3. The two parties actually arrive at a mutually agreed upon consensus, rendering mechanics boring and getting in the way of fun.
      • Jane says she'd like to buy it, but can't afford it because some bandits have robbed the bank so she doesn't have access to her money. She will buy it if Tom can do something about the bandits. Tom is a metagaming little scamp and knows the GM will give him something even better if he goes along with this small waylay/plot hook, so he agrees.
If the argument is over because one party lost, subtract the loser's remaining WP from the winner's remaining WP, this is the margin of victory.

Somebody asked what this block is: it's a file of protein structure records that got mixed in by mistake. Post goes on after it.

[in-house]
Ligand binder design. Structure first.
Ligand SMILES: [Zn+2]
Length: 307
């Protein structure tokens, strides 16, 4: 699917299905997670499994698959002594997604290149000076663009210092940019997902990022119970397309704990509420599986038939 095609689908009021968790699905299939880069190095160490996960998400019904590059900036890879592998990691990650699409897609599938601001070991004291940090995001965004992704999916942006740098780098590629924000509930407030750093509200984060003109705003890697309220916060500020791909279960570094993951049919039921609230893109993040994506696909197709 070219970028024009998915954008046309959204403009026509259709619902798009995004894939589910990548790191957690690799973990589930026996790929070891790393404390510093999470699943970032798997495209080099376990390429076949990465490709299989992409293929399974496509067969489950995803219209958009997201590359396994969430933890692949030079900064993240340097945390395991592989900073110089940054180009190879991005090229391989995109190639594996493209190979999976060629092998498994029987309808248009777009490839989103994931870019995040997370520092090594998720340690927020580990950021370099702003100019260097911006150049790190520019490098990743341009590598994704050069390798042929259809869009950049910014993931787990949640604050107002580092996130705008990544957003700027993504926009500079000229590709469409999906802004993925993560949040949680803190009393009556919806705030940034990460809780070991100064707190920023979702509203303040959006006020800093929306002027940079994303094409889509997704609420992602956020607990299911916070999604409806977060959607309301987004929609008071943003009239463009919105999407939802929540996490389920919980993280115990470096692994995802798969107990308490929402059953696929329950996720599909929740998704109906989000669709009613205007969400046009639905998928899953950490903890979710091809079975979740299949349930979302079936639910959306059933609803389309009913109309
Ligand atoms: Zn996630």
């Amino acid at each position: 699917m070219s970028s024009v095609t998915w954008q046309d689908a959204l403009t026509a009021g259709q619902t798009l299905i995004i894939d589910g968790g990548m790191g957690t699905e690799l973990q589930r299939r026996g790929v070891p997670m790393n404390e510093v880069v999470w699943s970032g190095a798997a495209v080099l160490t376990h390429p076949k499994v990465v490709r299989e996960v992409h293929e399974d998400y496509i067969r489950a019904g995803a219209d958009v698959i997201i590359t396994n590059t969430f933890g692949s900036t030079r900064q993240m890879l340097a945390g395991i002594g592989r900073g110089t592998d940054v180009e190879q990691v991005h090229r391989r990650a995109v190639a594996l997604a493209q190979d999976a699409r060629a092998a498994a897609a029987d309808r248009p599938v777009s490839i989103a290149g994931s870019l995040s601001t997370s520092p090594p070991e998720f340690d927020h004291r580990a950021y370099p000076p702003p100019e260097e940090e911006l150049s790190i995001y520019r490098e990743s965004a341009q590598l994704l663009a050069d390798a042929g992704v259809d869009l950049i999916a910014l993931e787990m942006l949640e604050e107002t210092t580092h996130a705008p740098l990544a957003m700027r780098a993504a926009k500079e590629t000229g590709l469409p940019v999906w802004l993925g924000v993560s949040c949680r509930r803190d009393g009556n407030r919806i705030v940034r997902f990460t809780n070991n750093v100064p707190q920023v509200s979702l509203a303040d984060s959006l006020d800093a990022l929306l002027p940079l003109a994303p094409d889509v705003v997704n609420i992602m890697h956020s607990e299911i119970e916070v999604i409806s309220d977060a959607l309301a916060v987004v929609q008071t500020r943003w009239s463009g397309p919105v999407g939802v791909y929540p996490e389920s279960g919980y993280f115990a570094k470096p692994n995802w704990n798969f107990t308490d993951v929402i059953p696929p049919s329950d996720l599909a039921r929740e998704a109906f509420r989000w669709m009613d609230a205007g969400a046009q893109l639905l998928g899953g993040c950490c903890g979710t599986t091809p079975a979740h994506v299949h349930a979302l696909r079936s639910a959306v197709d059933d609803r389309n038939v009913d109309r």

• If the Margin is 0 or negative (Almost beaten, but had more steam than the opponent) a totally neutral outcome occurs
    • Tom wins, but by a negative amount [impossible in our scenario, but let's pretend.] He basically retains the privilege of selling the item at the originally offered price or walking.
    • Jane wins, but by a negative amount, she retains the right to buy at the original asking price, or to ask Tom to leave.
  • If the Margin is small, a slight compromise is accepted.
    • Tom wins by a small amount, Jane is convinced to buy the item at a value worth half an additional wealth threshold (eg, an extra 10% instead of 20%.)
    • Jane wins by a small amount, and Tom agrees to sell for 10% less than the original asking price.
  • If the margin is large (5+) the position passes with no compromise
    • Tom wins by a large margin, he sells as if at a higher level of wealth
    • Jane wins by a large margin, she buys it at a lower level of wealth.